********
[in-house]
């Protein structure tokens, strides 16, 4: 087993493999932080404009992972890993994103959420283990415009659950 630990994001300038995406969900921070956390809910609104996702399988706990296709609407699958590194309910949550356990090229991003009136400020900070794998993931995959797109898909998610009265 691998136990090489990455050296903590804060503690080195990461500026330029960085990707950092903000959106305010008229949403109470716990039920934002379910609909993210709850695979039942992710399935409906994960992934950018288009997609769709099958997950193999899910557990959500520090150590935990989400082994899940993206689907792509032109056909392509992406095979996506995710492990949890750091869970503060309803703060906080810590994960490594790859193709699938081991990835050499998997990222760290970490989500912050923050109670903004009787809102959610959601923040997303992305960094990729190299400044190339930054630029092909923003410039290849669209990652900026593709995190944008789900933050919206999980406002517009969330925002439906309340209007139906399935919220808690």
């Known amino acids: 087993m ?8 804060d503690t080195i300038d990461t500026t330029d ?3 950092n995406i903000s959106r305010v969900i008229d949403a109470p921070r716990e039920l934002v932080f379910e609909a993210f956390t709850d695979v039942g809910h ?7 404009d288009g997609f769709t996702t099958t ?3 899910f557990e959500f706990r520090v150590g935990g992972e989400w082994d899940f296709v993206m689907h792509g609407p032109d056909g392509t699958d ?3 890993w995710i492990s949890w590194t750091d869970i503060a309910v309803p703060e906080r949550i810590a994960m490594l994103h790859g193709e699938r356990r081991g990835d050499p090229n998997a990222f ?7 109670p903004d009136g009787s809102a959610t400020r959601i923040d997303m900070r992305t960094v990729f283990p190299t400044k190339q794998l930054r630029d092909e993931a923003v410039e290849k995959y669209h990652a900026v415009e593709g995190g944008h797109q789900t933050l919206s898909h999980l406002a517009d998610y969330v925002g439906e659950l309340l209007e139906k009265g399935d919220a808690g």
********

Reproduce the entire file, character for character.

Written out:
[in-house]
């Protein structure tokens, strides 16, 4: 087993493999932080404009992972890993994103959420283990415009659950 630990994001300038995406969900921070956390809910609104996702399988706990296709609407699958590194309910949550356990090229991003009136400020900070794998993931995959797109898909998610009265 691998136990090489990455050296903590804060503690080195990461500026330029960085990707950092903000959106305010008229949403109470716990039920934002379910609909993210709850695979039942992710399935409906994960992934950018288009997609769709099958997950193999899910557990959500520090150590935990989400082994899940993206689907792509032109056909392509992406095979996506995710492990949890750091869970503060309803703060906080810590994960490594790859193709699938081991990835050499998997990222760290970490989500912050923050109670903004009787809102959610959601923040997303992305960094990729190299400044190339930054630029092909923003410039290849669209990652900026593709995190944008789900933050919206999980406002517009969330925002439906309340209007139906399935919220808690």
């Known amino acids: 087993m ?8 804060d503690t080195i300038d990461t500026t330029d ?3 950092n995406i903000s959106r305010v969900i008229d949403a109470p921070r716990e039920l934002v932080f379910e609909a993210f956390t709850d695979v039942g809910h ?7 404009d288009g997609f769709t996702t099958t ?3 899910f557990e959500f706990r520090v150590g935990g992972e989400w082994d899940f296709v993206m689907h792509g609407p032109d056909g392509t699958d ?3 890993w995710i492990s949890w590194t750091d869970i503060a309910v309803p703060e906080r949550i810590a994960m490594l994103h790859g193709e699938r356990r081991g990835d050499p090229n998997a990222f ?7 109670p903004d009136g009787s809102a959610t400020r959601i923040d997303m900070r992305t960094v990729f283990p190299t400044k190339q794998l930054r630029d092909e993931a923003v410039e290849k995959y669209h990652a900026v415009e593709g995190g944008h797109q789900t933050l919206s898909h999980l406002a517009d998610y969330v925002g439906e659950l309340l209007e139906k009265g399935d919220a808690g």